Are crop circles the work of alien visitors? Are they a natural phenomenon? Are they elaborate hoaxes perpetrated by some very dedicated humans?
Formation at Ogbourne St. George in Wiltshire
There are many theories for their existence:
- Whirlwind Vortex
- Plasma Vortex
- Earth Energies
- Extra-Terrestrial Origin
- Underground Archaeological
- Chemical Applications (no longer considered)
- God Force
- Military Experimentation
Crop circles are not just circles -- they can come in many different shapes. The most basic (and the most common) crop circle is the single circle. Circles may also come in sets of two (doublets), three (triplets) or four (quadruplets). Circles also may be enclosed in a thin outer ring.
Some of the more sophisticated patterns are based on mathematical equations. Astronomer and former Boston University professor Gerald S. Hawkins studied several crop circles and found that the positions of the circles, triangles and other shapes were placed based on specific numerical relationships. In one crop circle that had an outer and an inner circle, the area of the outer circle was exactly four times that of the inner circle. The specific placement of the shapes indicates that, whoever the circlemakers are, they have an intricate knowledge of Euclidean geometry (the geometry of a flat surface introduced by the mathematician Euclid of Alexandria).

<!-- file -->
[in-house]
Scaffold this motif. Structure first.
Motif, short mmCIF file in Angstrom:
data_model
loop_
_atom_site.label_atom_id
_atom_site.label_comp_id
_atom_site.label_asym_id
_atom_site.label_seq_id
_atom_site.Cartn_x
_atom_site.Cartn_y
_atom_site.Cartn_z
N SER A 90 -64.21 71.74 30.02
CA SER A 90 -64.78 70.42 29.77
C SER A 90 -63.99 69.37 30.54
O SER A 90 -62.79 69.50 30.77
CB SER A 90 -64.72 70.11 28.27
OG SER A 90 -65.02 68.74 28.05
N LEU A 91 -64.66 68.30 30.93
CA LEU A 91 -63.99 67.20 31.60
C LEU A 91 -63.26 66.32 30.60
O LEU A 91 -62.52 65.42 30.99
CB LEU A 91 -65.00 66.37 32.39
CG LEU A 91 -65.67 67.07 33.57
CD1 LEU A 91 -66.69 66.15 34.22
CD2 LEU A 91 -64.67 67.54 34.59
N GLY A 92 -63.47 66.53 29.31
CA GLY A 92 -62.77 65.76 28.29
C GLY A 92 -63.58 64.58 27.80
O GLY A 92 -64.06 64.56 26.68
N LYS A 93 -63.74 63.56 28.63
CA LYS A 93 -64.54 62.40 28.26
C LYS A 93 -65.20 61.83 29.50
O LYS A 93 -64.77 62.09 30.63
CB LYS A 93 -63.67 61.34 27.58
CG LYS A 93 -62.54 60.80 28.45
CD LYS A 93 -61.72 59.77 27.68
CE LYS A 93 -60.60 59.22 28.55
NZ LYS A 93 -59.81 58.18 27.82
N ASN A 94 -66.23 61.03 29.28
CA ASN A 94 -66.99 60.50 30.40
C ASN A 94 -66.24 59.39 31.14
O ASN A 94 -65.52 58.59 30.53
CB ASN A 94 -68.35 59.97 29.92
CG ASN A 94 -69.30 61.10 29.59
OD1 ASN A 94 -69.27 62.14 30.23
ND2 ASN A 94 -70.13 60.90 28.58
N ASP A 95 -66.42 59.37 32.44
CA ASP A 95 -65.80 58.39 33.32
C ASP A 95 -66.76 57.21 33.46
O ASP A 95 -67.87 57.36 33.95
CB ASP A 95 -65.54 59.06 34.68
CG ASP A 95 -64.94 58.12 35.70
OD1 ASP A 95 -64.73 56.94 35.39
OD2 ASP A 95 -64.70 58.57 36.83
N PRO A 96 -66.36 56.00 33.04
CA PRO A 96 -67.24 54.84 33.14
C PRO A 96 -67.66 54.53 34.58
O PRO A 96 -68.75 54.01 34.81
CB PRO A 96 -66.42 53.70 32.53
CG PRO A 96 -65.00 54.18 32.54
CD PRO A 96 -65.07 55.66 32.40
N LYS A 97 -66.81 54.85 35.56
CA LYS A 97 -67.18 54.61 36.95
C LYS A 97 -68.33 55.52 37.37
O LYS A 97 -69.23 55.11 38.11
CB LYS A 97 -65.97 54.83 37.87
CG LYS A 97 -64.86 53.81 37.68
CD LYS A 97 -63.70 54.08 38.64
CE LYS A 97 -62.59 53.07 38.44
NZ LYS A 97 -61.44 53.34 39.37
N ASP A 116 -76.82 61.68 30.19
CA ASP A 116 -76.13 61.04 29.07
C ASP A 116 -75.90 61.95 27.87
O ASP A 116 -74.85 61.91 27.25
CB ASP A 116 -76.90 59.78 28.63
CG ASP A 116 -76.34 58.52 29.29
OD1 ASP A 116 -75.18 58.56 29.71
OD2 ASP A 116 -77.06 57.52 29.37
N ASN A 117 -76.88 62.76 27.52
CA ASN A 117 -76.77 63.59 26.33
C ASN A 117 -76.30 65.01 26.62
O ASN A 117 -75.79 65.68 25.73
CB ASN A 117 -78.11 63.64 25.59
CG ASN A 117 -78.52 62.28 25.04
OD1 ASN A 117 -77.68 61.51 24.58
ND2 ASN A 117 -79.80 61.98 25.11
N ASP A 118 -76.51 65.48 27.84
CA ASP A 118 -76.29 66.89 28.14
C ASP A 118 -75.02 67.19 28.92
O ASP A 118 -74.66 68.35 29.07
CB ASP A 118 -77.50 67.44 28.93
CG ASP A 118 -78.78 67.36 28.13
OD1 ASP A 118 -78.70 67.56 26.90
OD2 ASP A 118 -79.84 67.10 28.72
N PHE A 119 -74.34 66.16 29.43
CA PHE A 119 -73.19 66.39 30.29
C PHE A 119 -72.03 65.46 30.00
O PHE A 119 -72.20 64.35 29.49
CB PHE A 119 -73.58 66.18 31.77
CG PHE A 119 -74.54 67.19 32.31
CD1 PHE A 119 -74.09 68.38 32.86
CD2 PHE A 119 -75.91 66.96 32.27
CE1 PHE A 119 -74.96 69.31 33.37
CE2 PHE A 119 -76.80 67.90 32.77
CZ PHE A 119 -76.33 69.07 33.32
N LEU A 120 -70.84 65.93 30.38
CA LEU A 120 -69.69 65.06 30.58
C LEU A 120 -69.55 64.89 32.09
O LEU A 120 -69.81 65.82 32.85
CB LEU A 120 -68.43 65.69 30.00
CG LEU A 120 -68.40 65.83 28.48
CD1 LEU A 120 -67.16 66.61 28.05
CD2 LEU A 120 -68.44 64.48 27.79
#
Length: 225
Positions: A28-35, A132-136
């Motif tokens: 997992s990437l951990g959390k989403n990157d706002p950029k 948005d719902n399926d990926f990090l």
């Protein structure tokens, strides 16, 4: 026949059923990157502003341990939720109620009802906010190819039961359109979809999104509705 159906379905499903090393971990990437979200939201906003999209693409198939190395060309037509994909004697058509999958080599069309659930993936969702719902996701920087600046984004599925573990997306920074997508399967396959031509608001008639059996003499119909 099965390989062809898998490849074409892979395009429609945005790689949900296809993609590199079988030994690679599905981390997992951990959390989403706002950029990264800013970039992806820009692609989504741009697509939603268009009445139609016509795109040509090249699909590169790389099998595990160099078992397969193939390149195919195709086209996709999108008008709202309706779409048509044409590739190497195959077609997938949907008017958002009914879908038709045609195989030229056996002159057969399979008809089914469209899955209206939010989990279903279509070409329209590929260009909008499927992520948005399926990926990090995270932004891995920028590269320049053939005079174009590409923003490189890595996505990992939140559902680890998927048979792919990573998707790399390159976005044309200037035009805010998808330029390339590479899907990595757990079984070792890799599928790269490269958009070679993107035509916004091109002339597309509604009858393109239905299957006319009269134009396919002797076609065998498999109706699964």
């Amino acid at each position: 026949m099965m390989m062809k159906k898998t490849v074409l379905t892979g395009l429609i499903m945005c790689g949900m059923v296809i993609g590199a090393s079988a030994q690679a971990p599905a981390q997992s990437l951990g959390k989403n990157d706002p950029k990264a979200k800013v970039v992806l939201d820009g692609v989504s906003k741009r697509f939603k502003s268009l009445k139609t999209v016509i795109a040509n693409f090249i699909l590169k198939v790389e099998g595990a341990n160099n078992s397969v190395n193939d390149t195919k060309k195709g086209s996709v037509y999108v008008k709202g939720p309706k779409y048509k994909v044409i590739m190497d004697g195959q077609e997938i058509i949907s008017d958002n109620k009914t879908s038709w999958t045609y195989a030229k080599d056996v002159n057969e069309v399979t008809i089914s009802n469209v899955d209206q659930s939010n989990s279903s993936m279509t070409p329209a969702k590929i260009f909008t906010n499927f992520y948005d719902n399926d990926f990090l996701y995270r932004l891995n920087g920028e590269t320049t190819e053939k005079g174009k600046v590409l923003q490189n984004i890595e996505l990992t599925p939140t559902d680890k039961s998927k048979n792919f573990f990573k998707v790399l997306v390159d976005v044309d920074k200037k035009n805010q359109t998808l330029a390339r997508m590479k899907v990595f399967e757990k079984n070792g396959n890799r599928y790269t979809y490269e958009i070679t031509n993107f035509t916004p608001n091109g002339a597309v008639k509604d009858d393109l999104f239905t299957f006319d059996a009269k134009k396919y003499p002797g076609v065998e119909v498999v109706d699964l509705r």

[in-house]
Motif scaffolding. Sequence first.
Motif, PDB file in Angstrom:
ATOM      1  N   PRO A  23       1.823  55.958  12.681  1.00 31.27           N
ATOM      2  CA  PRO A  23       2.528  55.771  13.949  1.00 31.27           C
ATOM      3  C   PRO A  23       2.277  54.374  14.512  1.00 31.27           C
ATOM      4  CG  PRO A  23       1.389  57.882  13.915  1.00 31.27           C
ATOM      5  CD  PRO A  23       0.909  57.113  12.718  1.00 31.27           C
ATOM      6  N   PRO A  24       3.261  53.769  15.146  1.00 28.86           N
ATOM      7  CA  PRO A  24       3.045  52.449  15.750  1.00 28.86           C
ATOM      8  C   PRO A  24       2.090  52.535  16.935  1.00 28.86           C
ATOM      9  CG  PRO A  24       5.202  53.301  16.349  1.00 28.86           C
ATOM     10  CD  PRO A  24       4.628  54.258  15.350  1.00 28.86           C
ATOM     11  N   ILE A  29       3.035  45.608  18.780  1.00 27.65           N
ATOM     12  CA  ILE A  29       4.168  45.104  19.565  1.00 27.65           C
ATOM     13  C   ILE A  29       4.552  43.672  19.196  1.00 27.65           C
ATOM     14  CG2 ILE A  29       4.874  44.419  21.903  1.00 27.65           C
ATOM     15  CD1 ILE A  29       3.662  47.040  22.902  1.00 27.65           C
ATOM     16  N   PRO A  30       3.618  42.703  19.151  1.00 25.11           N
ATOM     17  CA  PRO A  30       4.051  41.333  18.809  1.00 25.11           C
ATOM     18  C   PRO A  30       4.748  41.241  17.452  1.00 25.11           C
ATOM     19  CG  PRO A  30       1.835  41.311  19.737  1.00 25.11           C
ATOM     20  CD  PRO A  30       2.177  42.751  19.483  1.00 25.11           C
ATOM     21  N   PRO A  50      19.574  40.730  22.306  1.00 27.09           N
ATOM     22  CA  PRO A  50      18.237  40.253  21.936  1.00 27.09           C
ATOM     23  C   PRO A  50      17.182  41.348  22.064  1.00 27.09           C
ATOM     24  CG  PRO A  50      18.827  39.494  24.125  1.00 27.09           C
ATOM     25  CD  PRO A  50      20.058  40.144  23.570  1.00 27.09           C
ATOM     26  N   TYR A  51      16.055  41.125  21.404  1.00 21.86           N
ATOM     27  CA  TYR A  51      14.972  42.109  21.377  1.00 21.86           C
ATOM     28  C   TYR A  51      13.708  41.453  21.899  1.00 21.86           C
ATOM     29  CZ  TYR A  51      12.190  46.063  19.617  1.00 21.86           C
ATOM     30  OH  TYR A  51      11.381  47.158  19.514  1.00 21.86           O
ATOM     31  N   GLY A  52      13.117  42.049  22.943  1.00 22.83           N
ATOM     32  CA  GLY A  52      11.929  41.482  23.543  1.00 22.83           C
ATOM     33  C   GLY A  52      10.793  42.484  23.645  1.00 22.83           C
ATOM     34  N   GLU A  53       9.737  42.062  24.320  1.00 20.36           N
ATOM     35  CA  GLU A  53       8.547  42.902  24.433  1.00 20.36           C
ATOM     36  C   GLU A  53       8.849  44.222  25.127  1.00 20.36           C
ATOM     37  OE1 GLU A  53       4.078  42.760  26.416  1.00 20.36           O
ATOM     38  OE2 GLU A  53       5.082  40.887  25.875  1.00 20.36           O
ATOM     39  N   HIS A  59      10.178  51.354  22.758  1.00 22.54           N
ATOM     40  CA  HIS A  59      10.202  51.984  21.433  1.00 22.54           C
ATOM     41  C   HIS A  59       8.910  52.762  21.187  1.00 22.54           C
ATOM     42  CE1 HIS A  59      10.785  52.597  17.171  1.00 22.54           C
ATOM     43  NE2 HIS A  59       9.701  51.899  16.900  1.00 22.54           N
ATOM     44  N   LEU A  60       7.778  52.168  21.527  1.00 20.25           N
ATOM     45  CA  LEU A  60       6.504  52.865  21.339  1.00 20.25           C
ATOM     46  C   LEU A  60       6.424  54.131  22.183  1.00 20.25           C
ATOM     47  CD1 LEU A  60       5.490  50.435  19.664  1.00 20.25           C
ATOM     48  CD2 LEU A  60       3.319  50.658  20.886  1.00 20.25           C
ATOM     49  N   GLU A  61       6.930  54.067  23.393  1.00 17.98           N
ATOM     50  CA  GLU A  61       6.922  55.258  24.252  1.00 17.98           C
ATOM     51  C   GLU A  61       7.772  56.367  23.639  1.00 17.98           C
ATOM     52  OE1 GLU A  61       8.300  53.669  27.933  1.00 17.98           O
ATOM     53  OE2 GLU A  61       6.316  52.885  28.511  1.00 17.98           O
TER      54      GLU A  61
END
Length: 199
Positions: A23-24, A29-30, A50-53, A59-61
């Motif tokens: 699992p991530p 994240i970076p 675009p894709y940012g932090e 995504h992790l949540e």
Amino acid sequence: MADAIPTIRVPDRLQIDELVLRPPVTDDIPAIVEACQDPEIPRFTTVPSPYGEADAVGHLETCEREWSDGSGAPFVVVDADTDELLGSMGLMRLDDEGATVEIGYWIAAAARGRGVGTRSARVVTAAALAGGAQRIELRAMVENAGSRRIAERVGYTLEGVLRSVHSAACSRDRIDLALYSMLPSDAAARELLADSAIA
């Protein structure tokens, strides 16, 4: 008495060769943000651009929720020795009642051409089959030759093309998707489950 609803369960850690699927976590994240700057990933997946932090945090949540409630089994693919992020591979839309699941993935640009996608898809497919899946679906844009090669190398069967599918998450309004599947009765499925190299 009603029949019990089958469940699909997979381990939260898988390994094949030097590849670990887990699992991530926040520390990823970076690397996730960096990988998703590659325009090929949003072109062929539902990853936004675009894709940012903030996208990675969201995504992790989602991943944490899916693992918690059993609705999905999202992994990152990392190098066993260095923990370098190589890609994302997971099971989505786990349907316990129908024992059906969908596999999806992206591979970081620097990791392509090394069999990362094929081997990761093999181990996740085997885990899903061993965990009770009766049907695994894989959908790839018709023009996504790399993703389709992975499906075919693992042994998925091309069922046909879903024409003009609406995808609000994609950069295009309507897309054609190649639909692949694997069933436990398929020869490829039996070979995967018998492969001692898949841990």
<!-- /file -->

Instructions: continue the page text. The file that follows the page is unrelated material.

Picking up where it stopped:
Crop circle near Silbury Hill in Wiltshire, England, that resembles an Aztec Sun Stone.
This formation was discovered in Eastfield, England, in June 2004. An article in the Western Daily Press called the design "uncannily similar to plans for one of Nikola Tesla's early pieces of equipment."
Formation at Avebury Trusloe in Wiltshire.
Crop circle at West Kennett in Wiltshire that looks like a Celtic symbol called the Triskell.